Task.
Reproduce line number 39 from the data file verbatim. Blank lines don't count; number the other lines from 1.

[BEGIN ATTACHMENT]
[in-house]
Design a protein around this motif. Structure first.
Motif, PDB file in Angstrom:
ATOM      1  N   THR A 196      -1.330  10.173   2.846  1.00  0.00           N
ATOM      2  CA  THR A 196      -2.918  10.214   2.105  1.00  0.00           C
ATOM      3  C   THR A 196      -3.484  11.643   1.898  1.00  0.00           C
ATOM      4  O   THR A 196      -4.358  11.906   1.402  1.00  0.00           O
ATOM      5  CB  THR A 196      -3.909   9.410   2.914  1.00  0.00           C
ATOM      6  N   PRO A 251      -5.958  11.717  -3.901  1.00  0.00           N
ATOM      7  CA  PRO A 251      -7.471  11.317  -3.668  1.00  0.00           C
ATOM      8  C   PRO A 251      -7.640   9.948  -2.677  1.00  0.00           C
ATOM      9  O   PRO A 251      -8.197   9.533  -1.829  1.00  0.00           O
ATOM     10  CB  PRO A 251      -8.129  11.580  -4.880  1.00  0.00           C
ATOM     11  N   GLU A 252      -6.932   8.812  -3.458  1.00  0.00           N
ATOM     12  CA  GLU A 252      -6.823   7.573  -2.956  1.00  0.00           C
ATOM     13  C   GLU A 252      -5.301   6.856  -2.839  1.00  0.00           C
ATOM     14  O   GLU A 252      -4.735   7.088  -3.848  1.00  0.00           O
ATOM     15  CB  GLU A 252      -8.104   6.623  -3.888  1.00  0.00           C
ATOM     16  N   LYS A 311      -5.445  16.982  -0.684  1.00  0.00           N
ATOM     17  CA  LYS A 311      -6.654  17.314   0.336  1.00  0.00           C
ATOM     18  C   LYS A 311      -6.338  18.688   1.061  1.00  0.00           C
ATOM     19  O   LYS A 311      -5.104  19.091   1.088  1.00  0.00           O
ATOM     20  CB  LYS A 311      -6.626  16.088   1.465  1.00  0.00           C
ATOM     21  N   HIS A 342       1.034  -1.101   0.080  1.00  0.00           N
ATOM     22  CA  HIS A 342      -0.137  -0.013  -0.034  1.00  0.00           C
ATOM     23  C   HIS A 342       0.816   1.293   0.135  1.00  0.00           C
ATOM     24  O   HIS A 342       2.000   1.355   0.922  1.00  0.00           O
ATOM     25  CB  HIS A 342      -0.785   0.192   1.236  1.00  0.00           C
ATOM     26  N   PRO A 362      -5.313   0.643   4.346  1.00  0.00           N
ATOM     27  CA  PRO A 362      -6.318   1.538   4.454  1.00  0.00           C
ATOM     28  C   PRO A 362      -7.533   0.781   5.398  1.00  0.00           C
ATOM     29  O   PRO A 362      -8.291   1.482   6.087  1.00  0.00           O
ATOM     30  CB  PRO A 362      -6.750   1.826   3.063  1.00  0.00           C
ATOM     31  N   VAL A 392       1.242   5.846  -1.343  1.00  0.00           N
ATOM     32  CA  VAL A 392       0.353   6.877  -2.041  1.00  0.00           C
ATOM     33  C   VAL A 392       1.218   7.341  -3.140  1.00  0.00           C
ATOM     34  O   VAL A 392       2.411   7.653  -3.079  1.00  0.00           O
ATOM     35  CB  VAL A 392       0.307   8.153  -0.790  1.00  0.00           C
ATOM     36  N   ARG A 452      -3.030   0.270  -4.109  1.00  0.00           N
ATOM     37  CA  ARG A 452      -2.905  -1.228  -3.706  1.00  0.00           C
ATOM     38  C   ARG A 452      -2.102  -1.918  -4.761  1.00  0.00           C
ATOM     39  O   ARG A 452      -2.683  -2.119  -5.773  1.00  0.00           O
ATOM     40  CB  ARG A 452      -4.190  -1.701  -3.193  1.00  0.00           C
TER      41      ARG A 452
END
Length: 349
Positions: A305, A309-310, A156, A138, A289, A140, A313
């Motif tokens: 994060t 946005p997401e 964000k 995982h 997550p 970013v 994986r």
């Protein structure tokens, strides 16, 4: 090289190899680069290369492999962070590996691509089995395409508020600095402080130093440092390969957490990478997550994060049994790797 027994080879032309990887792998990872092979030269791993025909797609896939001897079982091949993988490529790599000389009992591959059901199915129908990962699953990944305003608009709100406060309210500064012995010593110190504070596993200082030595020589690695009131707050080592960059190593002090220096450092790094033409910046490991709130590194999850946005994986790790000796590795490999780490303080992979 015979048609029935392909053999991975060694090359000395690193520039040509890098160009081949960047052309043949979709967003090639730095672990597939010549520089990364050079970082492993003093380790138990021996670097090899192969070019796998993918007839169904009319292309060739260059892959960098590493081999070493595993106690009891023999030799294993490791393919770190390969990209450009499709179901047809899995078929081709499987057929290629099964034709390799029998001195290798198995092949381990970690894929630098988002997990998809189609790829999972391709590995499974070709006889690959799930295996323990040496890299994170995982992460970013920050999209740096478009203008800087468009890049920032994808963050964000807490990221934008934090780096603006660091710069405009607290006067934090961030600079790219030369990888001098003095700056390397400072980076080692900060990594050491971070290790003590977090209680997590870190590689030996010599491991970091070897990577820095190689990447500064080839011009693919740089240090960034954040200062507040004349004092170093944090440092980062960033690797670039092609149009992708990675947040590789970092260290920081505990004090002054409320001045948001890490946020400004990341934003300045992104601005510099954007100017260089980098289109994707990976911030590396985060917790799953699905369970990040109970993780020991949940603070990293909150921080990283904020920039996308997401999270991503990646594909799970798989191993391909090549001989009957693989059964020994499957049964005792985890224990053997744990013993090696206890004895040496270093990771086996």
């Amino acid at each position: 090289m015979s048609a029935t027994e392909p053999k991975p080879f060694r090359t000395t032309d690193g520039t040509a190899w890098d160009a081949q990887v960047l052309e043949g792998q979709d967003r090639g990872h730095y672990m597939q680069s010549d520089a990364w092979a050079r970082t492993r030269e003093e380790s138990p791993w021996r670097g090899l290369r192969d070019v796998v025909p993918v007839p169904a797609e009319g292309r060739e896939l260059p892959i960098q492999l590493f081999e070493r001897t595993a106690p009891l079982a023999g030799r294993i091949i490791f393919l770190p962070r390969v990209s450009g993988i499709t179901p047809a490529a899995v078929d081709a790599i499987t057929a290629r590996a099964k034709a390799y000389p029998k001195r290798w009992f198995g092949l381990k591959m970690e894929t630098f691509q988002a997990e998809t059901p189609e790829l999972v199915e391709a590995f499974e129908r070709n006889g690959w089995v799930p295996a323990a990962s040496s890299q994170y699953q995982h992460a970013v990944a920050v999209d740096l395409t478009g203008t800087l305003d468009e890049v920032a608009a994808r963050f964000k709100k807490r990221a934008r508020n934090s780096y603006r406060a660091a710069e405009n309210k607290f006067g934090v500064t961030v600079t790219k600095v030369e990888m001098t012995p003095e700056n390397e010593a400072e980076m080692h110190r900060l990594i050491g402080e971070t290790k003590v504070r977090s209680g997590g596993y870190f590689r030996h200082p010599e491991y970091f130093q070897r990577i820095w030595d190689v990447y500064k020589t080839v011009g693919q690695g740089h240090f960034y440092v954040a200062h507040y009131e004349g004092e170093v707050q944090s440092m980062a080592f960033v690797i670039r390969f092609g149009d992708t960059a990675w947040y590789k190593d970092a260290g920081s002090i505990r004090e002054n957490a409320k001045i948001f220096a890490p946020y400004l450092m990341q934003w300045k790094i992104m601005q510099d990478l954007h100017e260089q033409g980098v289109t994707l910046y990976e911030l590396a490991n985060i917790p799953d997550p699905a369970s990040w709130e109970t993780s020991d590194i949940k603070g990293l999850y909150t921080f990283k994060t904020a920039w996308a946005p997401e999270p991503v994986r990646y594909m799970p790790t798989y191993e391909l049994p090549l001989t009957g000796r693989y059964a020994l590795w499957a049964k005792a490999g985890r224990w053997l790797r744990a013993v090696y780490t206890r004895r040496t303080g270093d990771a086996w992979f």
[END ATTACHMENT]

ATOM     36  N   ARG A 452      -3.030   0.270  -4.109  1.00  0.00           N